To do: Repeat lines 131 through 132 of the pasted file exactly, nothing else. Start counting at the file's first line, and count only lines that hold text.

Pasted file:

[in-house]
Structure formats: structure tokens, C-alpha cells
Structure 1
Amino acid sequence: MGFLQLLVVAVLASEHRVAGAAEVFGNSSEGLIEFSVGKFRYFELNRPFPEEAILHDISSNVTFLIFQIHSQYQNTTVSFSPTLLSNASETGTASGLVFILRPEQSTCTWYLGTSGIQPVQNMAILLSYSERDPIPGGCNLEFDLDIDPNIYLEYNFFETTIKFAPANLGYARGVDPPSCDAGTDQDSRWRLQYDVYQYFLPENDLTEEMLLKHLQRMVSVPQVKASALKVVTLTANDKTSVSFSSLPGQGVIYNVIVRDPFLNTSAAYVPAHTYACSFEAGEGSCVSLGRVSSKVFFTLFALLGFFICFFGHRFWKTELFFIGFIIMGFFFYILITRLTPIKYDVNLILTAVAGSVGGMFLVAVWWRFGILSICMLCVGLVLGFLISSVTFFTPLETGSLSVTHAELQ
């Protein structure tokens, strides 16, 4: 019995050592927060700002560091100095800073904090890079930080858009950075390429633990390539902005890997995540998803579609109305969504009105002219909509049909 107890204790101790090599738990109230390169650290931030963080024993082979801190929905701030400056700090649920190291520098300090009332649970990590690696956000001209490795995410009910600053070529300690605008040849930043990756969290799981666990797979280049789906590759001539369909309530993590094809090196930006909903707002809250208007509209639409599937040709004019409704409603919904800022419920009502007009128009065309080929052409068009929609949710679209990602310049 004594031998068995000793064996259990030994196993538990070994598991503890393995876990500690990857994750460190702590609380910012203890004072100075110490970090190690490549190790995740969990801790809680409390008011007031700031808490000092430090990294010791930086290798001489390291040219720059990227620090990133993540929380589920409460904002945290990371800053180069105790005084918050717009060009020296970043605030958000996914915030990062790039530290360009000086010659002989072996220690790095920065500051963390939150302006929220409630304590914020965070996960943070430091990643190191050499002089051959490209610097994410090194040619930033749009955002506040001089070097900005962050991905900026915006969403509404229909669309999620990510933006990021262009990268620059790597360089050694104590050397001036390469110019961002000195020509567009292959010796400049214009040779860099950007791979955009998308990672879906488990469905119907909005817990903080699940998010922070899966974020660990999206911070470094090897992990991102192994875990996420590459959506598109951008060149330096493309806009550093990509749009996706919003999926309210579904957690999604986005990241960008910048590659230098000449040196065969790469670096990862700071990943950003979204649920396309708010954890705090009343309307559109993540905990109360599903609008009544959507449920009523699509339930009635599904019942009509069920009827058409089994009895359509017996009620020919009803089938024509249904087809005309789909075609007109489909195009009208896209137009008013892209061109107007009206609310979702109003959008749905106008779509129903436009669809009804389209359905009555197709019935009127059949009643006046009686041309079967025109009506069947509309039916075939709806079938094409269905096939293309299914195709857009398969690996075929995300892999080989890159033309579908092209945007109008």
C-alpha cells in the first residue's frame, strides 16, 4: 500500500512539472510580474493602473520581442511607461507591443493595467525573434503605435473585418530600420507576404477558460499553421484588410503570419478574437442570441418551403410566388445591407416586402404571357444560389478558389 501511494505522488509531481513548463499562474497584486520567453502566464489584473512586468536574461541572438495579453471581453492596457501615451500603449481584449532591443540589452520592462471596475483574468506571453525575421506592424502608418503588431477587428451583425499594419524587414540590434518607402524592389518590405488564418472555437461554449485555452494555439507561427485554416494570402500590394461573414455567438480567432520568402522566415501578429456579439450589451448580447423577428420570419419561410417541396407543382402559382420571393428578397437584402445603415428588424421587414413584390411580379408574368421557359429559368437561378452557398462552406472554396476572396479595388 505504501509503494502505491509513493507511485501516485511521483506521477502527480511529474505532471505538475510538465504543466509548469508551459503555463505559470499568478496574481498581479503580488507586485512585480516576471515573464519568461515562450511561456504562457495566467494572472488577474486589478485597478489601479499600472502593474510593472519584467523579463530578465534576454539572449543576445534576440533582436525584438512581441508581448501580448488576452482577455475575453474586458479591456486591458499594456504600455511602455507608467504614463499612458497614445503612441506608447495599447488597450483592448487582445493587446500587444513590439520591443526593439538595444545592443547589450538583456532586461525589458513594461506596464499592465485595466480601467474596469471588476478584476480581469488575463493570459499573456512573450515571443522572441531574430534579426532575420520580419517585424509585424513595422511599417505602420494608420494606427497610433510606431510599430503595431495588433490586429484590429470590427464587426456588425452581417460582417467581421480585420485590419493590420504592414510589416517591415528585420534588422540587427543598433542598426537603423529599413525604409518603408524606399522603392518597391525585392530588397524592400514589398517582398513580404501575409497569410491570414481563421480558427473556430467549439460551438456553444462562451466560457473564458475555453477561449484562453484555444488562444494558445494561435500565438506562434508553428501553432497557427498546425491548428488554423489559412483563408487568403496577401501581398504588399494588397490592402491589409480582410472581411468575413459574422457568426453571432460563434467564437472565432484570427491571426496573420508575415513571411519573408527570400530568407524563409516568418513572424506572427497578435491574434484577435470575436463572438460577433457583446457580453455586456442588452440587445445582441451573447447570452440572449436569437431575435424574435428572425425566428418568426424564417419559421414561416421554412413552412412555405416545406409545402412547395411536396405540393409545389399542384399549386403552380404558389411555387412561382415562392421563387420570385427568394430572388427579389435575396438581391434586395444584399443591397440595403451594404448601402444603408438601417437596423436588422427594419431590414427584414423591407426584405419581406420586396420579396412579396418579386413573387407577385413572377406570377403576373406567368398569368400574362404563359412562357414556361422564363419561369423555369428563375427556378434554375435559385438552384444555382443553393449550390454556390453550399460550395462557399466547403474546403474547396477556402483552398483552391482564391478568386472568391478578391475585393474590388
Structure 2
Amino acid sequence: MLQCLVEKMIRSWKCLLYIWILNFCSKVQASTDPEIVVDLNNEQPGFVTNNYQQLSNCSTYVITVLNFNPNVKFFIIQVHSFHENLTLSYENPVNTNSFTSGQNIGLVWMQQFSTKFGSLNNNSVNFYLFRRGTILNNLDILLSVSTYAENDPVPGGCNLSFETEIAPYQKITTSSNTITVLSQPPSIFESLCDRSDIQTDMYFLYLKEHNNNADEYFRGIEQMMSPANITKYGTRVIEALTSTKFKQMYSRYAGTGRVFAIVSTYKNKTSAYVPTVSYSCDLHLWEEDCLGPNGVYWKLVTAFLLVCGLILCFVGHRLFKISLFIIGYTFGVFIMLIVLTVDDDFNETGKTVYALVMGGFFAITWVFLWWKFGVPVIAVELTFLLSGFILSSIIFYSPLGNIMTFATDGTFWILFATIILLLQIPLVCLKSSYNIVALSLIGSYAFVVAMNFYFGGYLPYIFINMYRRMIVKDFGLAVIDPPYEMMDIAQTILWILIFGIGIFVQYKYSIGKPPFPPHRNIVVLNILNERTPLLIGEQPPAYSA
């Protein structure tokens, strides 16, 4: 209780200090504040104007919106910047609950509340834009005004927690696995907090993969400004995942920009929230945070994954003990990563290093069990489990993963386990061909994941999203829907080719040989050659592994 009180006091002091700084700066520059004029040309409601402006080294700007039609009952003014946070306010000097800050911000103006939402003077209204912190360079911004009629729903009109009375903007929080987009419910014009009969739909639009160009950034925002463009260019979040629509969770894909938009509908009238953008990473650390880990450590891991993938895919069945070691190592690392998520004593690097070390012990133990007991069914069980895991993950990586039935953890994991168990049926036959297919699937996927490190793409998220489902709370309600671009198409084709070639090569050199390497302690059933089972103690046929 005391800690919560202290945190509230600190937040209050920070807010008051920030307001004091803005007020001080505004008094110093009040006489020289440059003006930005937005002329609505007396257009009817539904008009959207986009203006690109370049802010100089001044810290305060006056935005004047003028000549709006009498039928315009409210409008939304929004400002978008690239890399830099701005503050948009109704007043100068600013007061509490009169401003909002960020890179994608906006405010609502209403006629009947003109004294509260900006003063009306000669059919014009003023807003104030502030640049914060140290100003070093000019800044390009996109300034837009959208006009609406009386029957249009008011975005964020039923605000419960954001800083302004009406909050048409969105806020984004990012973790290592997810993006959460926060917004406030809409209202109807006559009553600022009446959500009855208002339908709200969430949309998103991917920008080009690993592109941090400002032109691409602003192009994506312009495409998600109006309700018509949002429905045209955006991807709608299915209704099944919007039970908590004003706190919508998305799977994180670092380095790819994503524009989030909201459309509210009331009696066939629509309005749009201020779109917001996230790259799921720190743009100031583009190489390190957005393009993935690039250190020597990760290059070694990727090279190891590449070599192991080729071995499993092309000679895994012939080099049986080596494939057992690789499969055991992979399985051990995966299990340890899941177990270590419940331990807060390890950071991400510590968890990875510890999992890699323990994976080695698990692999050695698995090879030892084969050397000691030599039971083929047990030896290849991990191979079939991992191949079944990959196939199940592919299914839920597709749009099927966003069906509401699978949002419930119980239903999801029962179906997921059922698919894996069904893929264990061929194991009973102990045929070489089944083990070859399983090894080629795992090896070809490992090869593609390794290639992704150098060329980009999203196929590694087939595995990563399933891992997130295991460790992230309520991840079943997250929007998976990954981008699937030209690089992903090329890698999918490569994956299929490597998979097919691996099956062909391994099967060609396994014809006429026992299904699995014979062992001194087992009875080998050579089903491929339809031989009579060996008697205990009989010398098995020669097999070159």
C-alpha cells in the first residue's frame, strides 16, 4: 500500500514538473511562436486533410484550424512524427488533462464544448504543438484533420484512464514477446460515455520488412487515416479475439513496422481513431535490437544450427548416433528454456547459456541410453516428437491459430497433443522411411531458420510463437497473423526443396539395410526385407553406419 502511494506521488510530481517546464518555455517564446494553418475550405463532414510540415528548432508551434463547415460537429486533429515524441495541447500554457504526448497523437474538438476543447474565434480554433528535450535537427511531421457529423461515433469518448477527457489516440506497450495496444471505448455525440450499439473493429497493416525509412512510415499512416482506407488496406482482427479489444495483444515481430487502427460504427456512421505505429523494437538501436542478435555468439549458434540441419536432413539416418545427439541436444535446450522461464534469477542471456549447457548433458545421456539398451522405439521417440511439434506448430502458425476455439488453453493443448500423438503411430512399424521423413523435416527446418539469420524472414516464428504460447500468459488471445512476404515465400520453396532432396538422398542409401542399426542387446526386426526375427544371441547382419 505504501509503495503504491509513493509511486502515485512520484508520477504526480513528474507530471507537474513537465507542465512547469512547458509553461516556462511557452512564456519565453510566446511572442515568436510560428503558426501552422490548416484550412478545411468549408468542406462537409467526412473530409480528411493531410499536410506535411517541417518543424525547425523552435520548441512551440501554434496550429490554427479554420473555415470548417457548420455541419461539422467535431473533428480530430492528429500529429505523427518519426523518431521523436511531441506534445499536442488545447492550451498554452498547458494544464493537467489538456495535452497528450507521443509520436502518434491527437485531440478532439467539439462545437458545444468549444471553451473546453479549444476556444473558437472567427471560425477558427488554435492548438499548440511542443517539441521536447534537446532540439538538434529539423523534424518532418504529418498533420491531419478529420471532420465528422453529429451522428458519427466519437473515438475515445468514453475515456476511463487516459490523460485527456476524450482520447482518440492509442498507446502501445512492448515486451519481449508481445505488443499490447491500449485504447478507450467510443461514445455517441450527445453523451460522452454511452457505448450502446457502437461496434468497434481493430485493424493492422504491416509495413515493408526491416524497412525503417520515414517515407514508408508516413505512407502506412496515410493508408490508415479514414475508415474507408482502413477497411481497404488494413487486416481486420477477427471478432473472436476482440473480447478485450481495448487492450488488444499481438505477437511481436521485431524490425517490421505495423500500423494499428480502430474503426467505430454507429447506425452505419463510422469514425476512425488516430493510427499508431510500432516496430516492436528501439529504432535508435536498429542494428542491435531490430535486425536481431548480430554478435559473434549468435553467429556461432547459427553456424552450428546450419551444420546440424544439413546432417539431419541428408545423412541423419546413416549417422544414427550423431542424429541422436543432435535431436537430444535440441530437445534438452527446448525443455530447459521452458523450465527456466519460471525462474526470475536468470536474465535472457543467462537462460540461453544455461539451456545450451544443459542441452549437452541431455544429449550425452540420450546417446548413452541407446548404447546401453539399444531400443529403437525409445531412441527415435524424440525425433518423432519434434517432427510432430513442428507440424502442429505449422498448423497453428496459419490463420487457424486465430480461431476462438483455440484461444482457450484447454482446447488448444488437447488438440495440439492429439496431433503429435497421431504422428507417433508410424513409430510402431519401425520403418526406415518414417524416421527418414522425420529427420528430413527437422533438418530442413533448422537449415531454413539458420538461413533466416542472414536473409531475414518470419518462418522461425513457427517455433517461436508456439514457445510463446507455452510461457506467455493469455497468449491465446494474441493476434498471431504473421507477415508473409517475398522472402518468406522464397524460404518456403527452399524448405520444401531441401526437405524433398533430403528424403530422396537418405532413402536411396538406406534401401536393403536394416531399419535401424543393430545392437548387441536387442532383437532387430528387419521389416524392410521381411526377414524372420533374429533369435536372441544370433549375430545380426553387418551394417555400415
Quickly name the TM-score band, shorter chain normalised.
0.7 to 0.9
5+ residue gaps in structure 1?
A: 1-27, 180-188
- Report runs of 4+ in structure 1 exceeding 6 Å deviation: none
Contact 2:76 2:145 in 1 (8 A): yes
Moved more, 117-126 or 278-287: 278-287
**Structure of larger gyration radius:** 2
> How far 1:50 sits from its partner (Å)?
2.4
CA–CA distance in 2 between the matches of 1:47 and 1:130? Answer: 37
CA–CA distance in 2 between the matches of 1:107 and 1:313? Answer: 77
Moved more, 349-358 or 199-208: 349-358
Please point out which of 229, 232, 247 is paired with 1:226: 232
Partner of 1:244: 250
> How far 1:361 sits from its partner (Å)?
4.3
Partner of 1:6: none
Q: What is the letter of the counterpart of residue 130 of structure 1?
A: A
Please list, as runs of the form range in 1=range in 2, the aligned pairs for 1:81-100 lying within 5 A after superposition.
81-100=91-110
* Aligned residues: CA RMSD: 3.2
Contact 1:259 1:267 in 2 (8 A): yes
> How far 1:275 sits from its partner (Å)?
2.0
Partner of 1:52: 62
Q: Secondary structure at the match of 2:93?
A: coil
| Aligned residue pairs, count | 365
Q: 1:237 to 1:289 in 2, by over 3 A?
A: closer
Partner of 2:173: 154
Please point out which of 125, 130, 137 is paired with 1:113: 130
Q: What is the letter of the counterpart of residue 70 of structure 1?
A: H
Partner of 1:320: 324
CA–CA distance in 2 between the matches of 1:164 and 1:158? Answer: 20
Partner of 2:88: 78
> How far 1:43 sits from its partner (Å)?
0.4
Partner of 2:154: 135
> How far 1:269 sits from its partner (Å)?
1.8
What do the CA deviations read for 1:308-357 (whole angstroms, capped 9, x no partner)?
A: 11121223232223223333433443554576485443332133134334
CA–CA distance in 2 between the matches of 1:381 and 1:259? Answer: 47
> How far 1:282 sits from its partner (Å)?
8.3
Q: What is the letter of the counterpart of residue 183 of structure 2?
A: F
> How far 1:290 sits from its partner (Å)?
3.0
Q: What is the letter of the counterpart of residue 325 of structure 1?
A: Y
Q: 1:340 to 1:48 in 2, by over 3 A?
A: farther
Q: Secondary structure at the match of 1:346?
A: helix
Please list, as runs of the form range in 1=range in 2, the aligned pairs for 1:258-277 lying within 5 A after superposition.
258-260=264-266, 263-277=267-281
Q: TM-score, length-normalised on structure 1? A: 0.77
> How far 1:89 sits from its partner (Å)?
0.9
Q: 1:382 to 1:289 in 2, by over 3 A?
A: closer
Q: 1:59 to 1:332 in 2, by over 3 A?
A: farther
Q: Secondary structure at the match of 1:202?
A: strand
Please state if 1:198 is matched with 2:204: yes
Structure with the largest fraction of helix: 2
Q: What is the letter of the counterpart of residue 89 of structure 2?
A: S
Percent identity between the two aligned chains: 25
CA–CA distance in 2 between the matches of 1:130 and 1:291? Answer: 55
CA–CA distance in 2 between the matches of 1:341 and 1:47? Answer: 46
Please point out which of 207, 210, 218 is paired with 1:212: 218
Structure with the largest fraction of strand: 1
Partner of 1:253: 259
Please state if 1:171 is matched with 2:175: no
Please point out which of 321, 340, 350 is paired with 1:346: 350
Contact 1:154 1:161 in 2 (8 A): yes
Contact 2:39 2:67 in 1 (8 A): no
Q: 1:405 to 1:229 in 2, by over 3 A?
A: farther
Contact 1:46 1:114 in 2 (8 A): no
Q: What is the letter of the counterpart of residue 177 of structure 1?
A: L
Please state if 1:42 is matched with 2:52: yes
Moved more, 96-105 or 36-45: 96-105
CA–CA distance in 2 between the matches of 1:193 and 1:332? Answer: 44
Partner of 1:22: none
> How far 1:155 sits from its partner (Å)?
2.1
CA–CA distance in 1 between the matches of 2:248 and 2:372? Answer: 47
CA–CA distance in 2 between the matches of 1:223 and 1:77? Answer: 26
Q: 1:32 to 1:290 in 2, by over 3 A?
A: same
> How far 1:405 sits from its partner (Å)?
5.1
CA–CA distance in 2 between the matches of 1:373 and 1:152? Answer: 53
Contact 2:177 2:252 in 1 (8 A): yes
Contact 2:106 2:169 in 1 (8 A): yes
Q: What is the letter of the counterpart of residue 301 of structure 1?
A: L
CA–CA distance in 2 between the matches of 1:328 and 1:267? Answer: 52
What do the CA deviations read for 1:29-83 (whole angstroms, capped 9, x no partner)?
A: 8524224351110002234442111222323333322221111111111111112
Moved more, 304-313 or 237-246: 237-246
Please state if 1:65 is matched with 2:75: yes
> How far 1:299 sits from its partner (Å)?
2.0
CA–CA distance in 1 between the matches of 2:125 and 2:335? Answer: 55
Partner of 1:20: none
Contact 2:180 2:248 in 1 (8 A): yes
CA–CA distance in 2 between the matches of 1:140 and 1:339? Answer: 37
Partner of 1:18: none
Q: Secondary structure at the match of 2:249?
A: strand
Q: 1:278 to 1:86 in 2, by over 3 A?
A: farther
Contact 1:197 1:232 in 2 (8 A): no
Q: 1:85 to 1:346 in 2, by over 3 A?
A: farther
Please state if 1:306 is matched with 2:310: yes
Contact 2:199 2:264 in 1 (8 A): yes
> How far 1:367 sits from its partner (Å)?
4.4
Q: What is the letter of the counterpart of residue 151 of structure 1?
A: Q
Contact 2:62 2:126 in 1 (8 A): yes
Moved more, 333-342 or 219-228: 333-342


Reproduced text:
Q: 1:278 to 1:86 in 2, by over 3 A?
A: farther